[ RadSafe ] Edward Teller on Climate change
JPreisig at aol.com
JPreisig at aol.com
Tue Mar 5 13:50:11 CST 2013
I like nuclear power.
Ice caps melting totally??? Don't count on it. They will be making a
big comeback in the next 12
years or so.
I know the ice caps melting has been a big help to Northern Hemisphere
shipping. See today's google
In a message dated 3/5/2013 2:43:49 P.M. Eastern Standard Time,
Kjell.Johansen at nexteraenergy.com writes:
Victor Anderson wrote:
One inconvenient fact; 70 million years ago carbon dioxide levels were
about 6,000 ppm. The earth did not change into a "hot house" planet like
Life is still very sustainable. So what if the global temperature is
rising. Go look at number for human generated carbon dioxide emissions and
divide it my the mass of the atmosphere. You come out with a number in the
range of 20 ppm.
This is not a good argument. It does not address the effects of increased
CO2 and climate change. It merely says no big deal.
1) 70 million years ago there were no humans ( as we now understand
humans) or humans living in the types of societies we now have. Our society
today requires that we have enough food to feed people. What types of
plants grew under an atmosphere with a CO2 concentration of 6000 ppm? There
are two photosynthetic pathways, one of which favors high CO2 concentrations.
Today's food crops use the low CO2 pathway and are more nutricious than
the high CO2 pathway plants based on what I have read. Also, if climate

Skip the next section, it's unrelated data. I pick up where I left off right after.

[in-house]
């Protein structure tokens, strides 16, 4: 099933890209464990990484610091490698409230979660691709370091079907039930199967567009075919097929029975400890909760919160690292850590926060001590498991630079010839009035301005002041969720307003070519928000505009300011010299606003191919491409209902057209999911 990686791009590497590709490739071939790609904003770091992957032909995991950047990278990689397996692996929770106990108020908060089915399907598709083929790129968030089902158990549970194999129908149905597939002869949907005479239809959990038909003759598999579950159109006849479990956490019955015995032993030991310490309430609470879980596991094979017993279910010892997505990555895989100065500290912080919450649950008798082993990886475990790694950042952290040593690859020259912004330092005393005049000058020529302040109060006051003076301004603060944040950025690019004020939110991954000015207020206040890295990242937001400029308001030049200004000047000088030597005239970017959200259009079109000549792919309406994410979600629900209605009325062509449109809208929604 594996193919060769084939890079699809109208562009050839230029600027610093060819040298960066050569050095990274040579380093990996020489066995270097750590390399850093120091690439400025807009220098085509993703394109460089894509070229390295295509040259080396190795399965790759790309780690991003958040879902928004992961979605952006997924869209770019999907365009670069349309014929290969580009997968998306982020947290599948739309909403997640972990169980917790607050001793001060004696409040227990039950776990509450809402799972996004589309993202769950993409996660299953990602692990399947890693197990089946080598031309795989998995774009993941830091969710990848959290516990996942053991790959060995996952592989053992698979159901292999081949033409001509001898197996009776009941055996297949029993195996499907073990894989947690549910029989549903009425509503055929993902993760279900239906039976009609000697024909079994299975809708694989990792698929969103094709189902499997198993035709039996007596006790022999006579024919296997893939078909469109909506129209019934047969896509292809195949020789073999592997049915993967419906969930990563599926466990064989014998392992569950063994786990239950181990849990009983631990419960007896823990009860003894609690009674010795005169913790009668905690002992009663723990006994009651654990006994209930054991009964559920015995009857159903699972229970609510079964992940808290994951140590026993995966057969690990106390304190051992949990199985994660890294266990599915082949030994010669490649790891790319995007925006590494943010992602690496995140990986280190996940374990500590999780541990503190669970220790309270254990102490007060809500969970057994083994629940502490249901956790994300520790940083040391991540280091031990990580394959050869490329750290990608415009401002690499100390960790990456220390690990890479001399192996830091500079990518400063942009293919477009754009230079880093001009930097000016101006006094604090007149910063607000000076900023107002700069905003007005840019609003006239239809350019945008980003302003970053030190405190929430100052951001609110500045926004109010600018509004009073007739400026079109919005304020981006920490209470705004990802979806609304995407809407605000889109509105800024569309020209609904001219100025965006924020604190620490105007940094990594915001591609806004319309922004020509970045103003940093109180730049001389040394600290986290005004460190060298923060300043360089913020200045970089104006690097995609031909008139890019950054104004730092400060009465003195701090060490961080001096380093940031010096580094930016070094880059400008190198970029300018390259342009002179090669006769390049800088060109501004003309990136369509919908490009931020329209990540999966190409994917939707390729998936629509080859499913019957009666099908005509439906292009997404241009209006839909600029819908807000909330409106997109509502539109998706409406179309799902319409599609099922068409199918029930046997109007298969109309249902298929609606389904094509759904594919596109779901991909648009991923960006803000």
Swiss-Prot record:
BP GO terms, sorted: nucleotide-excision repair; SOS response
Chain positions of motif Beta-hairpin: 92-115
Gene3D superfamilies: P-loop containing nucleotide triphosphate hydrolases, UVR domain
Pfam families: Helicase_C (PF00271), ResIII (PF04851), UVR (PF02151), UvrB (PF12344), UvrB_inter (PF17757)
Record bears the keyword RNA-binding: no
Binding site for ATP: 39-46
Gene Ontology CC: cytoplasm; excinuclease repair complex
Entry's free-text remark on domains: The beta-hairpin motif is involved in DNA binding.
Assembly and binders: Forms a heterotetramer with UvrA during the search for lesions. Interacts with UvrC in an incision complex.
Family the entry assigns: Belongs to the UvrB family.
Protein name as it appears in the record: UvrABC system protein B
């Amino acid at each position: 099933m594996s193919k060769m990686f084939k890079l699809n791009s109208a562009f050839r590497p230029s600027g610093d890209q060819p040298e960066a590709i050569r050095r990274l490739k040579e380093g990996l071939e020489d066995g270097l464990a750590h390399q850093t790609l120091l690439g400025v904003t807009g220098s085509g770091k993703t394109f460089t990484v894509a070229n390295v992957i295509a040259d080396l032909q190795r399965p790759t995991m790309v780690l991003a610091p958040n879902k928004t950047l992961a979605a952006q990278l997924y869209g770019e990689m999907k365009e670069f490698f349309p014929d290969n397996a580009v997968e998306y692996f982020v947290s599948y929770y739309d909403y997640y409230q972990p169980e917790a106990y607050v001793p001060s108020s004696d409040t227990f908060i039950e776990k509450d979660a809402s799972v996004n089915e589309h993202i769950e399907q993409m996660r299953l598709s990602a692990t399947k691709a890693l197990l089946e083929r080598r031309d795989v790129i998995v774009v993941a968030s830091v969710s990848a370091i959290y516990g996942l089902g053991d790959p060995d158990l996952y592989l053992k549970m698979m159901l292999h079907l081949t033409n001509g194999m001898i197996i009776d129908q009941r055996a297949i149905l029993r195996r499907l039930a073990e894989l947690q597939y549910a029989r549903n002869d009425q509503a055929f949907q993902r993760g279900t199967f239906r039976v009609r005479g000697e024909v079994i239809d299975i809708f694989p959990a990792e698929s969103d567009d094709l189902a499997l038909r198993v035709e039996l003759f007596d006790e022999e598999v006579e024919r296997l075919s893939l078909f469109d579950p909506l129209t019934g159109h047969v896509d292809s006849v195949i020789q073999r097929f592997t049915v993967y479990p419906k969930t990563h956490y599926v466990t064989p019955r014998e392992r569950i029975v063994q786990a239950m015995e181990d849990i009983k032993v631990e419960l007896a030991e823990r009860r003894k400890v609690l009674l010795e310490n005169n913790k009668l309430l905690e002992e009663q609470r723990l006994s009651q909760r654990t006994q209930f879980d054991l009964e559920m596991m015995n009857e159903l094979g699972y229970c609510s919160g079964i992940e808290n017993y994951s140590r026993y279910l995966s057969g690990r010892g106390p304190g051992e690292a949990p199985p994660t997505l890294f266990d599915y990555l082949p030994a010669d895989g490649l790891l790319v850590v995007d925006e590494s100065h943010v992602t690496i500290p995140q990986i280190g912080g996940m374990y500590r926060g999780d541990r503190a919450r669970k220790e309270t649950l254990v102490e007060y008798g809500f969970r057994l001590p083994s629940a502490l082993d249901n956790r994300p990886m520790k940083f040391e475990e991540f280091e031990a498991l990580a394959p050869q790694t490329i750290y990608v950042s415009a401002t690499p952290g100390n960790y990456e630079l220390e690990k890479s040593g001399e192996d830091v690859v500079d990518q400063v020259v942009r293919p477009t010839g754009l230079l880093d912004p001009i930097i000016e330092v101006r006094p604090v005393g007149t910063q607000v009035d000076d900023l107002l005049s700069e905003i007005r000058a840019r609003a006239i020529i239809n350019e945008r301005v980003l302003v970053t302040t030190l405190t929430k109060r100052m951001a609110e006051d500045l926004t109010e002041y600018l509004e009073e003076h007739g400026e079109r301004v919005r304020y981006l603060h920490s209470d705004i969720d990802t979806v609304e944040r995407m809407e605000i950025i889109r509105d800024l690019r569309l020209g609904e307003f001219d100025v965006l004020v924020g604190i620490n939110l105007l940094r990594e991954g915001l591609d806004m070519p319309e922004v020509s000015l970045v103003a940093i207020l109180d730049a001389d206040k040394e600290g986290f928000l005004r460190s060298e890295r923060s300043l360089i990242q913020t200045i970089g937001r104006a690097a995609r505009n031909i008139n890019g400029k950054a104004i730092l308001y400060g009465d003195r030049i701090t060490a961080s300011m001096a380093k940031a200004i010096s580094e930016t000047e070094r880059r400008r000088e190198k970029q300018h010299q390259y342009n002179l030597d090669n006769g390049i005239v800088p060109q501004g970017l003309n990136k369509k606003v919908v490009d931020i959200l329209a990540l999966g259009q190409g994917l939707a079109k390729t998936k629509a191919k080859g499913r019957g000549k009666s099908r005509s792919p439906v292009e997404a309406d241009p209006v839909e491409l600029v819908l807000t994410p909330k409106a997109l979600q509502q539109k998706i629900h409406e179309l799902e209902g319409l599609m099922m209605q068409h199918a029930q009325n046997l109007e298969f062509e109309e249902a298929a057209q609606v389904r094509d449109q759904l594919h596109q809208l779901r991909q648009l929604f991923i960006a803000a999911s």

changes move the earth's food growing areas away from the US, what are we
going to do? Are we going to invade those countries where there is food and
take it? Not a good solution for what we consider a society based on
2) With the loss of the Antarctic and Greenland icecaps, are you
prepared to have New Orleans, New York, London and other less know cities and
various Pacific Islands flooded? Where do all of these people go? It does
not make sense to let global climate change happen by continuing to pump
more greenhouse gases into the atmosphere.
3) With regard to 70 M years ago, where did all of those plants go?
They were buried by plate tectonics and other procesess and turned into
coal. So you take millions of years of carbon and over a short period of
several hundred years you release it back into the environnment. In which way
do you think the biogeochemical processes will go? For one, the oceans
become more acidic over a time period in which natural adaptation can not
cope. Without all those phytoplankton, we lose a lot of oxygen.
4) If climate change were not important, why does the Pentagon and
CIA have synarios in which climate change is an important driver in
Well there are a lot more items on which I could comment with regard to
all of those on this list who dismiss global climate change, or, as the media
likes to call it because sells, global warming. Needless to say, as an
oceanographer and a member of one of the world's major religions, I take my
stewardship of the earth and its resources very seriously. That's why I am
in nuclear power.
My own comments and not necessarily those of my employer.
Nuclear Chemistry Analyst
kjell.johansen at NextERAEnergy.com
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